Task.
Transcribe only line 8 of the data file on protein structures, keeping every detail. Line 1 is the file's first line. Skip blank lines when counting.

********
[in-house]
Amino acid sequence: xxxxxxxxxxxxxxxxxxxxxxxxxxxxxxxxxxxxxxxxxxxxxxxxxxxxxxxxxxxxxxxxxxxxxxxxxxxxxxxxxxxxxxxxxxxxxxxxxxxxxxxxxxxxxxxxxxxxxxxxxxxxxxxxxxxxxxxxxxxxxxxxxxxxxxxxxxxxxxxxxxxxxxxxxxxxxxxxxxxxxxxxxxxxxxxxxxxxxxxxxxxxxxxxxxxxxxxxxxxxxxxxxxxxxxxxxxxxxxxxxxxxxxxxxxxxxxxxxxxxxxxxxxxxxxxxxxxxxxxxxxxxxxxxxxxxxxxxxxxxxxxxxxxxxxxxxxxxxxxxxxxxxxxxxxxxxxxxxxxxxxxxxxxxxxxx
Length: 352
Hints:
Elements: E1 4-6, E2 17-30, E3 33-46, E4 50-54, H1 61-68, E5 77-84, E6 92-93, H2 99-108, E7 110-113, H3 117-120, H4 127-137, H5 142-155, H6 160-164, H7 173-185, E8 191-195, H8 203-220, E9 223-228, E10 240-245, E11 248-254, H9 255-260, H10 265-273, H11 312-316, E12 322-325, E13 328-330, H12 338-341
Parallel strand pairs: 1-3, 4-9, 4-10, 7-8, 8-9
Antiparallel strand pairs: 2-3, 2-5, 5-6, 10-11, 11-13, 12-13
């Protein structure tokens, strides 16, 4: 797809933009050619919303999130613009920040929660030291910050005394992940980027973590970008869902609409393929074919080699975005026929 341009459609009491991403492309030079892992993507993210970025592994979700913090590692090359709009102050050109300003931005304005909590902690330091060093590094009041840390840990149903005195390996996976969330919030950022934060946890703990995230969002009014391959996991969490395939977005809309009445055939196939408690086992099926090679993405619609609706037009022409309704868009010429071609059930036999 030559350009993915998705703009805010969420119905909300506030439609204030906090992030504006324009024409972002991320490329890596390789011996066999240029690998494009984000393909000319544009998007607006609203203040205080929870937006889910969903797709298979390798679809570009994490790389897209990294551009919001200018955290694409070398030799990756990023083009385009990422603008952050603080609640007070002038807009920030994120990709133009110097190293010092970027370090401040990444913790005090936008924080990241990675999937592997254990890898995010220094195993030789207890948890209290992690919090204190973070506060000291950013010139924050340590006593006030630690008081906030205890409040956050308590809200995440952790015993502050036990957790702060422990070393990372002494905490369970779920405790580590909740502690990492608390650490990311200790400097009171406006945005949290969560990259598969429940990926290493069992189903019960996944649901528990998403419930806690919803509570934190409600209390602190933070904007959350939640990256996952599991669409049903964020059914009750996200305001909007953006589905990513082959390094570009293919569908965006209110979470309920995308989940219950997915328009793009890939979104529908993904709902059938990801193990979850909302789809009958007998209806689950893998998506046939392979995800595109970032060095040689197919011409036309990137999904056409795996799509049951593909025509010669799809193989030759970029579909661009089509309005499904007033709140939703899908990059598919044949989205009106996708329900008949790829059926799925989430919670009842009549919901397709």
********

């Protein structure tokens, strides 16, 4: 797809933009050619919303999130613009920040929660030291910050005394992940980027973590970008869902609409393929074919080699975005026929 341009459609009491991403492309030079892992993507993210970025592994979700913090590692090359709009102050050109300003931005304005909590902690330091060093590094009041840390840990149903005195390996996976969330919030950022934060946890703990995230969002009014391959996991969490395939977005809309009445055939196939408690086992099926090679993405619609609706037009022409309704868009010429071609059930036999 030559350009993915998705703009805010969420119905909300506030439609204030906090992030504006324009024409972002991320490329890596390789011996066999240029690998494009984000393909000319544009998007607006609203203040205080929870937006889910969903797709298979390798679809570009994490790389897209990294551009919001200018955290694409070398030799990756990023083009385009990422603008952050603080609640007070002038807009920030994120990709133009110097190293010092970027370090401040990444913790005090936008924080990241990675999937592997254990890898995010220094195993030789207890948890209290992690919090204190973070506060000291950013010139924050340590006593006030630690008081906030205890409040956050308590809200995440952790015993502050036990957790702060422990070393990372002494905490369970779920405790580590909740502690990492608390650490990311200790400097009171406006945005949290969560990259598969429940990926290493069992189903019960996944649901528990998403419930806690919803509570934190409600209390602190933070904007959350939640990256996952599991669409049903964020059914009750996200305001909007953006589905990513082959390094570009293919569908965006209110979470309920995308989940219950997915328009793009890939979104529908993904709902059938990801193990979850909302789809009958007998209806689950893998998506046939392979995800595109970032060095040689197919011409036309990137999904056409795996799509049951593909025509010669799809193989030759970029579909661009089509309005499904007033709140939703899908990059598919044949989205009106996708329900008949790829059926799925989430919670009842009549919901397709």